BY Nial Adler
SYDNEY — For an 18-year-old American high school kid, the world stage is a dream come true. Add to that a win that keeps your native New Zealand alive in the World Baseball Classic? For Kiwi right-hander Jimmy Boyce, pitching 7,700 miles away from home, it gets a bit more complicated.
First, to the ballgame at hand Down Under. New Zealand had just surrendered the lead with three runs and was trailing, 7-4, with two outs in the sixth inning of the elimination game at Blacktown International Sportspark. The Mount Si High Wildcat came on and surrendered a single before getting former Mets and Marlins outfielder Chris Aguila on a called third strike. “I’m not surprised. I had him last year for the 21-and-under team,” said New Zealand manager Chris Woodward. “I know what Jimmy is all about. Jimmy is one guy, I don’t care if he was 14, the way he pitches, the way he competes, I would trust him every time.”
In the bottom of the inning, New Zealand exploded for six runs, including a three-run homer off the bat of Boss Moanaroa, and never looked back in a 17-7 mercy-rule win in eight innings over the Philippines. Boyce pitched a perfect seventh and got another out in the eighth. He picked up the victory.
“The front of my mind was that catcher’s mitt,” said Boyce. “I knew that I was going to be ineligible once I threw that pitch, but it was not a big deal to me. I’d take this any day over high school sports.”
Boyce, who was born in Tauranga, New Zealand, moved to the U.S. in 2012. He was made aware of the situation not only by New Zealand CEO Ryan Flynn, but by Major League Baseball.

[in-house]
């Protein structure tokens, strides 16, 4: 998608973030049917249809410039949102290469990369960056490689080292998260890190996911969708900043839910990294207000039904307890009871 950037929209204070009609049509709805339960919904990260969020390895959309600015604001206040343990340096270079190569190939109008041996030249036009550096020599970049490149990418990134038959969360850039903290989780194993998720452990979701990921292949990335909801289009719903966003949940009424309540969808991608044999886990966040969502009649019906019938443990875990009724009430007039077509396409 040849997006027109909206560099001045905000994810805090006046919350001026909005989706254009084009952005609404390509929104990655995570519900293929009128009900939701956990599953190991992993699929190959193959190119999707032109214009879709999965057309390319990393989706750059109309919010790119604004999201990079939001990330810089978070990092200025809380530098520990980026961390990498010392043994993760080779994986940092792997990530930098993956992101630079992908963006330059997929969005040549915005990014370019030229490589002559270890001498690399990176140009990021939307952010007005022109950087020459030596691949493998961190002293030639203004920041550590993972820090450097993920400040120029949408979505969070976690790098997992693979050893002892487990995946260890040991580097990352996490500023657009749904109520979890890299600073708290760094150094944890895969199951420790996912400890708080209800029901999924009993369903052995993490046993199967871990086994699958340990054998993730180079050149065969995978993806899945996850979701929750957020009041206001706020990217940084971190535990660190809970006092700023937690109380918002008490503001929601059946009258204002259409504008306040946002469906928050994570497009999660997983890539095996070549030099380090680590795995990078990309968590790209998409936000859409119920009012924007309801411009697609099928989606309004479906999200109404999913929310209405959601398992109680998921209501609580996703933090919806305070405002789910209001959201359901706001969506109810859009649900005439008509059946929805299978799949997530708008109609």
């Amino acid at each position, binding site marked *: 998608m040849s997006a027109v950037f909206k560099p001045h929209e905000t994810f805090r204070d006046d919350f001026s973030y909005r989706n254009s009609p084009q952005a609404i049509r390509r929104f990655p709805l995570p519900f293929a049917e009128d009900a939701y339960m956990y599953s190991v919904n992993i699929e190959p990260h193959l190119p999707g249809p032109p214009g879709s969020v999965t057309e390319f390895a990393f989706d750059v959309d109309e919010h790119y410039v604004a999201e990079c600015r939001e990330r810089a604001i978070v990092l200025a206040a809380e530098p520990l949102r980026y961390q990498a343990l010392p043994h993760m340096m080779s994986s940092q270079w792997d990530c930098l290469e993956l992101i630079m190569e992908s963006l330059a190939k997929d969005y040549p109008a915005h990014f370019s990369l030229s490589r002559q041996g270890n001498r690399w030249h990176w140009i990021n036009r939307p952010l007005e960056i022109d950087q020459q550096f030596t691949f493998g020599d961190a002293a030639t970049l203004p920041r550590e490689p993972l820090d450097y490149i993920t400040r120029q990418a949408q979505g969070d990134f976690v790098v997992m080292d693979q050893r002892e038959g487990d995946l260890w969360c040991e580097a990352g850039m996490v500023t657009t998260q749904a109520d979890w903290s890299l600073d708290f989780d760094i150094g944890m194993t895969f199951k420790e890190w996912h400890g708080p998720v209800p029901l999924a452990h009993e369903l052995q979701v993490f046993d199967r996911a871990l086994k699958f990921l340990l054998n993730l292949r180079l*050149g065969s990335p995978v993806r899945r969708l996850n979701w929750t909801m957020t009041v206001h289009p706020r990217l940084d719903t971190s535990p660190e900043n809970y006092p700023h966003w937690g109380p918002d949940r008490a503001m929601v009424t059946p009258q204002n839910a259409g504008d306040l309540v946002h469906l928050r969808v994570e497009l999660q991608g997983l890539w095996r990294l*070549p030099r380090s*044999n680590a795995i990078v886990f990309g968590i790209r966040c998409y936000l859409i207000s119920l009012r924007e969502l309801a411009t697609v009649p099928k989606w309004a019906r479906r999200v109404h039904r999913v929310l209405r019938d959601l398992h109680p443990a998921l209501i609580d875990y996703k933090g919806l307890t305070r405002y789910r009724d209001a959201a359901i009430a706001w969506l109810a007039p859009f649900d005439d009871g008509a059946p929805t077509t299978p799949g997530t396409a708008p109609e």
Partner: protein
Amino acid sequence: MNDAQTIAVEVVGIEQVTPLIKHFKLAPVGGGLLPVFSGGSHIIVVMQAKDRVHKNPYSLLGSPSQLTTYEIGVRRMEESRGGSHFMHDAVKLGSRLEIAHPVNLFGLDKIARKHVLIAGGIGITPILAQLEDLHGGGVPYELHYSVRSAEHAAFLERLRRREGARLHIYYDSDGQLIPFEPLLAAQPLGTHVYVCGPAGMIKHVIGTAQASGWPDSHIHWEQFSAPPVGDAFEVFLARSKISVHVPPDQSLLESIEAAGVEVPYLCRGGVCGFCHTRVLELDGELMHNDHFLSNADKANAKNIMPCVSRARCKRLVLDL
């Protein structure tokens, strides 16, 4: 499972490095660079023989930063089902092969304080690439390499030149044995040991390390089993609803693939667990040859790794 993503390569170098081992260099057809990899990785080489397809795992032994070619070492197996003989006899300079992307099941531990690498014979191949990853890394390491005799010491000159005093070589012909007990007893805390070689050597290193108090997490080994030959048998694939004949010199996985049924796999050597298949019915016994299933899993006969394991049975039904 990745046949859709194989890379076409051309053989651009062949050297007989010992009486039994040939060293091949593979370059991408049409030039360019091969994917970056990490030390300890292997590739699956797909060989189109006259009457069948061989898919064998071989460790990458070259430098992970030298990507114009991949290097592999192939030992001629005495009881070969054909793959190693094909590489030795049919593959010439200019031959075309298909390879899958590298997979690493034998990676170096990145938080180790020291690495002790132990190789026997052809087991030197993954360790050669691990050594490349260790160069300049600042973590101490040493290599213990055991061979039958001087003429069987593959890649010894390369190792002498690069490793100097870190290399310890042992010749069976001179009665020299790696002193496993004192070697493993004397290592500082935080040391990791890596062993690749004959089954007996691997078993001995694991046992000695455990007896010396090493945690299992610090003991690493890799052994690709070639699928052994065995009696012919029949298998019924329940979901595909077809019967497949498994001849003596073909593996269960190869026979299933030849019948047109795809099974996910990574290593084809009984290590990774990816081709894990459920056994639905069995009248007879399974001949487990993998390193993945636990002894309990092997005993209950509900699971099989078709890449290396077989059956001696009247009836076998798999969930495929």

As reported by MLB Network reporter Jon Paul Morosi in a story for FOXSports.com, Washington Interscholastic Activities Association rules prohibit student-athletes from competing in team sports with or against professional players. California has more lenient rules when it comes to international athletes. Its CIF rule book states: “During the high school season of sport, a high school student who has been selected or qualified for participation on the United States team, which will engage in Pan‐American or Olympic competition, may participate on that team.”
An email to WIAA went unanswered.
Boyce will enjoy his time with his fellow Kiwis, the pregame Haka chants and playing with his older brother, Joe. “Having someone here on your family is huge,” Boyce said. “You can talk to him about anything. These guys will have my back. These guys are family here.”
National pride and the chance to play in the ultimate international baseball tournament are apparently enough for Jimmy Boyce to be willing to potentially sacrifice his high school baseball career. The 18-year-old pitcher, who was born in New Zealand but lives in Snoqualmie, Wash., is on the roster for the Kiwi team at the World Baseball Classic qualifier that is taking place in Sydney this week, with one of four teams (New Zealand, Australia, South Africa and Philippines) to emerge and make the 16-team field for the 2017 Classic.